On the other hand, we have also seen some individuals who are too ready and eager to get in to conflicting situations. If you have ever seen or been one of these people, it is important to know that picking battles is very important. The reason for this is that a large part of effective conflict resolution comes from aligning goals. An individual with strong interpersonal skills or more specifically one with a strong background or training in Emotional Intelligence, has a good temperature read for what is a situation that needs attention and conflict resolutions strategies and one that needs more of a come in to terms strategy. Good conflict pushes individuals to examine their goals and expectations closely, helping them assess what is, really important to them. This also means, the sense of surrendering parts that are driven by ego or selfishness.   If the perception that others have of you is that you like to “pick fights” like the Grouchy Ladybug (we use this book in our training because it does a great job of demonstrating the concept, making it very succinct to relate to), then unfortunately, it will be interpreted that your goal is not conflict resolution but perhaps conflict in an of itself. In this circumstance, you are in a sense inviting ego, selfishness or self-preservation to step in and block any openness to negotiation.

Yes, conflict can be damaging. If not handled effectively, it can quickly turn into personal attacks, break down of trust, and disengagement from work or the relationship.  One major culprit is low emotional intelligence (EQ).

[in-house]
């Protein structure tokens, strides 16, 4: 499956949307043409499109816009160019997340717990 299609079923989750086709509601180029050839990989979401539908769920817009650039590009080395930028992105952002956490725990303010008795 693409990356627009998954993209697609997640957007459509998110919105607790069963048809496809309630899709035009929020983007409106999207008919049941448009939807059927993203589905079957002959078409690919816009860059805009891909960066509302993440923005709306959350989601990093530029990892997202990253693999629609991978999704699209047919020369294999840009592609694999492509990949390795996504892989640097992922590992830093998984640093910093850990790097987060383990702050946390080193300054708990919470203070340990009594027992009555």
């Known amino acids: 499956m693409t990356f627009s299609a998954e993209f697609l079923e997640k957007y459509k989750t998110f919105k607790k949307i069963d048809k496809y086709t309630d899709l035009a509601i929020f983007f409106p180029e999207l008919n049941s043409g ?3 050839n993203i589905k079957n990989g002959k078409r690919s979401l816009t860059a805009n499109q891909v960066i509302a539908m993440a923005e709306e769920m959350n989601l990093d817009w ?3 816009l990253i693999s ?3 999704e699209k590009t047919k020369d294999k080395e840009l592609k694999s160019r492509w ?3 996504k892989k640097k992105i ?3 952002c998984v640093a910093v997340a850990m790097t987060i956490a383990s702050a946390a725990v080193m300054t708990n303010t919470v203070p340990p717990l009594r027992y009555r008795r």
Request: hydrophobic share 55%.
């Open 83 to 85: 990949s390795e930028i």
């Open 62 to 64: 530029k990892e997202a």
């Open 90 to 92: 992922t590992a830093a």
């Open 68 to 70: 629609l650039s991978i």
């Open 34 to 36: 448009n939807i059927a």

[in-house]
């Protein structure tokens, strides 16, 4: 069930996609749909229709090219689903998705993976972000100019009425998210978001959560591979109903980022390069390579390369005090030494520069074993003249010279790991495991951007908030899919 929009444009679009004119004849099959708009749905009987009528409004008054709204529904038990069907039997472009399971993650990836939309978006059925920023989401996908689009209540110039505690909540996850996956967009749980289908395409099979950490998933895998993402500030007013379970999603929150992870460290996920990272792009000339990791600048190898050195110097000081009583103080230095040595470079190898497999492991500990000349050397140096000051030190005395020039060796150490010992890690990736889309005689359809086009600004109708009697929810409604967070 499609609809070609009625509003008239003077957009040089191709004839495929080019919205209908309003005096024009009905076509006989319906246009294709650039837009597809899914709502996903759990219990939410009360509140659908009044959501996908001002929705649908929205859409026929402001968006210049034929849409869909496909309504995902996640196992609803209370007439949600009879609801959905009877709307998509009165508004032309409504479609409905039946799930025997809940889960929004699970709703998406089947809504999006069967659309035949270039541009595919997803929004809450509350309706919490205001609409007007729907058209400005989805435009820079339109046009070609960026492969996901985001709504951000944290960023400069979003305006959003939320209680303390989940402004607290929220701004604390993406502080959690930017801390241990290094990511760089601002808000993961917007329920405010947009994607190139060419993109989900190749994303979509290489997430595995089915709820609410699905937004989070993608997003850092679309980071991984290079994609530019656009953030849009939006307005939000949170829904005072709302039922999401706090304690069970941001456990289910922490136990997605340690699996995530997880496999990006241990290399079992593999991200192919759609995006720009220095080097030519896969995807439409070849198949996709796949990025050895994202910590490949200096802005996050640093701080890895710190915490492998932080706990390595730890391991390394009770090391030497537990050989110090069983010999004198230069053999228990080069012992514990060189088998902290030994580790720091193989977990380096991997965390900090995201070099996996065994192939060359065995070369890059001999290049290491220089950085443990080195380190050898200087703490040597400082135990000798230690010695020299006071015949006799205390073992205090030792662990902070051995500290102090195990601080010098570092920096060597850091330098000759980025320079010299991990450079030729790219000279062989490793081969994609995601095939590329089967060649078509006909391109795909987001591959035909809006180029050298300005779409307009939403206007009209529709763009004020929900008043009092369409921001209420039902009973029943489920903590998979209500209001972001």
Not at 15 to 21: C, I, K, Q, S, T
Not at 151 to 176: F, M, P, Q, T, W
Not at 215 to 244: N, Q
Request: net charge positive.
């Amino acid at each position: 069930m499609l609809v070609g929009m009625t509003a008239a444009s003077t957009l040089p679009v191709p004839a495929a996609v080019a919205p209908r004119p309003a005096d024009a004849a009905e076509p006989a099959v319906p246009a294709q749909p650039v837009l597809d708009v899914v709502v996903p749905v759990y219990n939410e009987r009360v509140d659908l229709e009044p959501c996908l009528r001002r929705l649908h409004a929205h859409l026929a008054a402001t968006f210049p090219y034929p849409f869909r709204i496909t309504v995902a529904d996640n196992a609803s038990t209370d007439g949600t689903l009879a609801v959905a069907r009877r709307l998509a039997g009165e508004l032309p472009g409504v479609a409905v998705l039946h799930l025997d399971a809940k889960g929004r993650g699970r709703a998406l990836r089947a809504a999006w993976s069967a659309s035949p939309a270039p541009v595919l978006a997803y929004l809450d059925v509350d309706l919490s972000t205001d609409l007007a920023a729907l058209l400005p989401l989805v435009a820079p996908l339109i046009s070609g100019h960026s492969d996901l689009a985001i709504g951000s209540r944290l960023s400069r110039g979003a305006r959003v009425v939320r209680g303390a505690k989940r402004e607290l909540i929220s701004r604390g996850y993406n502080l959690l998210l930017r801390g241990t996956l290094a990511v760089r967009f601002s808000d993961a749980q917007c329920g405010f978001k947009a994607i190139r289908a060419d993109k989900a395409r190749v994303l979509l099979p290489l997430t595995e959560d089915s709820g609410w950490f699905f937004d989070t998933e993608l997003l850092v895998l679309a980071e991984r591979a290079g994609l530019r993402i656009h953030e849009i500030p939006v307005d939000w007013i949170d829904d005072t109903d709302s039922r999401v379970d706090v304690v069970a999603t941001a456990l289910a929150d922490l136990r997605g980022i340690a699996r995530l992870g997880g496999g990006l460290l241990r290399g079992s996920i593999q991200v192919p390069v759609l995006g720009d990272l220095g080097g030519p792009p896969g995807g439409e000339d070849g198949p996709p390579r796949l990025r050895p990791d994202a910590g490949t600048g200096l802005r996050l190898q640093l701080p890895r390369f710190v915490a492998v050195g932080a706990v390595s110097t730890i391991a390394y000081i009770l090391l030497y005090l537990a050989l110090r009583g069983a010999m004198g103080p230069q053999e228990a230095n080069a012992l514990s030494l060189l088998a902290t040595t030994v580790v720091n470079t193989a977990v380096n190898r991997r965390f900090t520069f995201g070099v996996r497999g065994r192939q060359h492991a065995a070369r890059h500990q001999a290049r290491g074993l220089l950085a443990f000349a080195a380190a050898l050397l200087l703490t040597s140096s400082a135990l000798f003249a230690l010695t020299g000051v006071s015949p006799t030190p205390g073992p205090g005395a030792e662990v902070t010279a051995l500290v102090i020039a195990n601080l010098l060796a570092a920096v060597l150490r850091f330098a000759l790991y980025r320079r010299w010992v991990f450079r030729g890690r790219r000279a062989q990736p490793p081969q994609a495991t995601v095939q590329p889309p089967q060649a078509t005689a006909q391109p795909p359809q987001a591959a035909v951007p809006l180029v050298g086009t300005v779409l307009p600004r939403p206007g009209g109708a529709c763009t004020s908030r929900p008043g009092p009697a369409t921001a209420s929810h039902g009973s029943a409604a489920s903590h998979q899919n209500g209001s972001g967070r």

The key is to nip it at the bud. The downward spiral can be stopped if the correct interventions and communications are utilized and key processes are put in place.

Here are some specific steps that we have incorporated into our conflict resolution programs:

 

At the inception of conflict, people can quickly become entrenched in their positions. Soon, tempers and voices rise and defensive or aggressive behavior gives rise to uncooperative body language. Therefore, the first step is to separate the people and the emotional components from the problem and instead focusing on just the problem itself. The priority is to develop an understanding of the other’s position, and together reach a consensus.

The prerequisite to this of course always is to listen actively and empathetically, have a good understanding of your body language, and understand how to employ good emotion regulation including anger management techniques. Then, in particular, here are the steps: